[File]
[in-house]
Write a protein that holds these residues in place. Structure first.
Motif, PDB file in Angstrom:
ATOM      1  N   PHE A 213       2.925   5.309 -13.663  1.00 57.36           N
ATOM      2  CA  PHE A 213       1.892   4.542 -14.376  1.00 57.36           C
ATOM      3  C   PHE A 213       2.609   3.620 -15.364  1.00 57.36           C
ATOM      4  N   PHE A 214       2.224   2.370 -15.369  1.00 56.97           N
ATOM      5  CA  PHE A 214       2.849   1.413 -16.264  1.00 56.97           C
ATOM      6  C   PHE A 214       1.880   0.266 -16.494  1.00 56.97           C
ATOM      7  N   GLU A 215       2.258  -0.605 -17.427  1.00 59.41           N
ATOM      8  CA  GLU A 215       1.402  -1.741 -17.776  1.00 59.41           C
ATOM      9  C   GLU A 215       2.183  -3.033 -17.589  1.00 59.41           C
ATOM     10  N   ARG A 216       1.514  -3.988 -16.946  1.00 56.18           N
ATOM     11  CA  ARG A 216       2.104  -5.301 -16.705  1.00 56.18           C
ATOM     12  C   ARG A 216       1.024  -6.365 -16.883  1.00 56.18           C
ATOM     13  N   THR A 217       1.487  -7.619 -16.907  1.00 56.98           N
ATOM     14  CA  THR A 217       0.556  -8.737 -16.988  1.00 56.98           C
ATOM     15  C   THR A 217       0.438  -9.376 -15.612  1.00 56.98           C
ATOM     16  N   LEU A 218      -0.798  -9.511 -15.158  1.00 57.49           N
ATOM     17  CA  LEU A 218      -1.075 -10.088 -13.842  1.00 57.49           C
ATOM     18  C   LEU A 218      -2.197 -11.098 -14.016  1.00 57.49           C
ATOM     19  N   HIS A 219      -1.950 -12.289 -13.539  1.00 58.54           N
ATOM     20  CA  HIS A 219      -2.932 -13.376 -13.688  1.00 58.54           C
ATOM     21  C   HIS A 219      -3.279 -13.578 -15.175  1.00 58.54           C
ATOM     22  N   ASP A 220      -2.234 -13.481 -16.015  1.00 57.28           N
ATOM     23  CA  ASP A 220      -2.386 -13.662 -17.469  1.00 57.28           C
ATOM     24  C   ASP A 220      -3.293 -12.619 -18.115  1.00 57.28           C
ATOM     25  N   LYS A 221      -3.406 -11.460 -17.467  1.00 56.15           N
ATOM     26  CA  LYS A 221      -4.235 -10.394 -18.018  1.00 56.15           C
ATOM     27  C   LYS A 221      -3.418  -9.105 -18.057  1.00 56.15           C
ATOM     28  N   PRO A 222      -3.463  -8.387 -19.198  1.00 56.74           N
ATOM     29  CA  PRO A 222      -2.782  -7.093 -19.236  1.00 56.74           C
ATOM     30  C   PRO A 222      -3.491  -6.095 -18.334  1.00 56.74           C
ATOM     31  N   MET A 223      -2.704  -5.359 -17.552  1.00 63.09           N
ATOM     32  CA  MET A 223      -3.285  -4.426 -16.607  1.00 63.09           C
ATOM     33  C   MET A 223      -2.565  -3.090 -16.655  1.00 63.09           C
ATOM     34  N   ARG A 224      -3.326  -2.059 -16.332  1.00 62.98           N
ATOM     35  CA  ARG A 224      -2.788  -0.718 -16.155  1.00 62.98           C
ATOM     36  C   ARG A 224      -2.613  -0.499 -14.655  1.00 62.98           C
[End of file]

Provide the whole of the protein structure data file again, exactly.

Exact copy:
[in-house]
Write a protein that holds these residues in place. Structure first.
Motif, PDB file in Angstrom:
ATOM      1  N   PHE A 213       2.925   5.309 -13.663  1.00 57.36           N
ATOM      2  CA  PHE A 213       1.892   4.542 -14.376  1.00 57.36           C
ATOM      3  C   PHE A 213       2.609   3.620 -15.364  1.00 57.36           C
ATOM      4  N   PHE A 214       2.224   2.370 -15.369  1.00 56.97           N
ATOM      5  CA  PHE A 214       2.849   1.413 -16.264  1.00 56.97           C
ATOM      6  C   PHE A 214       1.880   0.266 -16.494  1.00 56.97           C
ATOM      7  N   GLU A 215       2.258  -0.605 -17.427  1.00 59.41           N
ATOM      8  CA  GLU A 215       1.402  -1.741 -17.776  1.00 59.41           C
ATOM      9  C   GLU A 215       2.183  -3.033 -17.589  1.00 59.41           C
ATOM     10  N   ARG A 216       1.514  -3.988 -16.946  1.00 56.18           N
ATOM     11  CA  ARG A 216       2.104  -5.301 -16.705  1.00 56.18           C
ATOM     12  C   ARG A 216       1.024  -6.365 -16.883  1.00 56.18           C
ATOM     13  N   THR A 217       1.487  -7.619 -16.907  1.00 56.98           N
ATOM     14  CA  THR A 217       0.556  -8.737 -16.988  1.00 56.98           C
ATOM     15  C   THR A 217       0.438  -9.376 -15.612  1.00 56.98           C
ATOM     16  N   LEU A 218      -0.798  -9.511 -15.158  1.00 57.49           N
ATOM     17  CA  LEU A 218      -1.075 -10.088 -13.842  1.00 57.49           C
ATOM     18  C   LEU A 218      -2.197 -11.098 -14.016  1.00 57.49           C
ATOM     19  N   HIS A 219      -1.950 -12.289 -13.539  1.00 58.54           N
ATOM     20  CA  HIS A 219      -2.932 -13.376 -13.688  1.00 58.54           C
ATOM     21  C   HIS A 219      -3.279 -13.578 -15.175  1.00 58.54           C
ATOM     22  N   ASP A 220      -2.234 -13.481 -16.015  1.00 57.28           N
ATOM     23  CA  ASP A 220      -2.386 -13.662 -17.469  1.00 57.28           C
ATOM     24  C   ASP A 220      -3.293 -12.619 -18.115  1.00 57.28           C
ATOM     25  N   LYS A 221      -3.406 -11.460 -17.467  1.00 56.15           N
ATOM     26  CA  LYS A 221      -4.235 -10.394 -18.018  1.00 56.15           C
ATOM     27  C   LYS A 221      -3.418  -9.105 -18.057  1.00 56.15           C
ATOM     28  N   PRO A 222      -3.463  -8.387 -19.198  1.00 56.74           N
ATOM     29  CA  PRO A 222      -2.782  -7.093 -19.236  1.00 56.74           C
ATOM     30  C   PRO A 222      -3.491  -6.095 -18.334  1.00 56.74           C
ATOM     31  N   MET A 223      -2.704  -5.359 -17.552  1.00 63.09           N
ATOM     32  CA  MET A 223      -3.285  -4.426 -16.607  1.00 63.09           C
ATOM     33  C   MET A 223      -2.565  -3.090 -16.655  1.00 63.09           C
ATOM     34  N   ARG A 224      -3.326  -2.059 -16.332  1.00 62.98           N
ATOM     35  CA  ARG A 224      -2.788  -0.718 -16.155  1.00 62.98           C
ATOM     36  C   ARG A 224      -2.613  -0.499 -14.655  1.00 62.98           C